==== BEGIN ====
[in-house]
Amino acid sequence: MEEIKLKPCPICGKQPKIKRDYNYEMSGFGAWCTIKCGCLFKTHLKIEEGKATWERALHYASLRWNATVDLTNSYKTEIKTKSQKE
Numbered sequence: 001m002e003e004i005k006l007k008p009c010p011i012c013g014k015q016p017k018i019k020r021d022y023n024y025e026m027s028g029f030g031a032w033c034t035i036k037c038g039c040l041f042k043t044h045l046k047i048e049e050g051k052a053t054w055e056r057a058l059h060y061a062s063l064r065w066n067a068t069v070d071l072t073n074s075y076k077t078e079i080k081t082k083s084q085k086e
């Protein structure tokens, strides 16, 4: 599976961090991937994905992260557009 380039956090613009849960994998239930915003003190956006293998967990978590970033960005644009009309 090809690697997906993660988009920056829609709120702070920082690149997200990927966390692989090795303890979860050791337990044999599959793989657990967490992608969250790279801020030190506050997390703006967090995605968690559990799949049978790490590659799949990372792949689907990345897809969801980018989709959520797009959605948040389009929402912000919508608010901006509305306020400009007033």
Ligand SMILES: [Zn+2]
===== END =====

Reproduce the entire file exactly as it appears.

[in-house]
Amino acid sequence: MEEIKLKPCPICGKQPKIKRDYNYEMSGFGAWCTIKCGCLFKTHLKIEEGKATWERALHYASLRWNATVDLTNSYKTEIKTKSQKE
Numbered sequence: 001m002e003e004i005k006l007k008p009c010p011i012c013g014k015q016p017k018i019k020r021d022y023n024y025e026m027s028g029f030g031a032w033c034t035i036k037c038g039c040l041f042k043t044h045l046k047i048e049e050g051k052a053t054w055e056r057a058l059h060y061a062s063l064r065w066n067a068t069v070d071l072t073n074s075y076k077t078e079i080k081t082k083s084q085k086e
């Protein structure tokens, strides 16, 4: 599976961090991937994905992260557009 380039956090613009849960994998239930915003003190956006293998967990978590970033960005644009009309 090809690697997906993660988009920056829609709120702070920082690149997200990927966390692989090795303890979860050791337990044999599959793989657990967490992608969250790279801020030190506050997390703006967090995605968690559990799949049978790490590659799949990372792949689907990345897809969801980018989709959520797009959605948040389009929402912000919508608010901006509305306020400009007033």
Ligand SMILES: [Zn+2]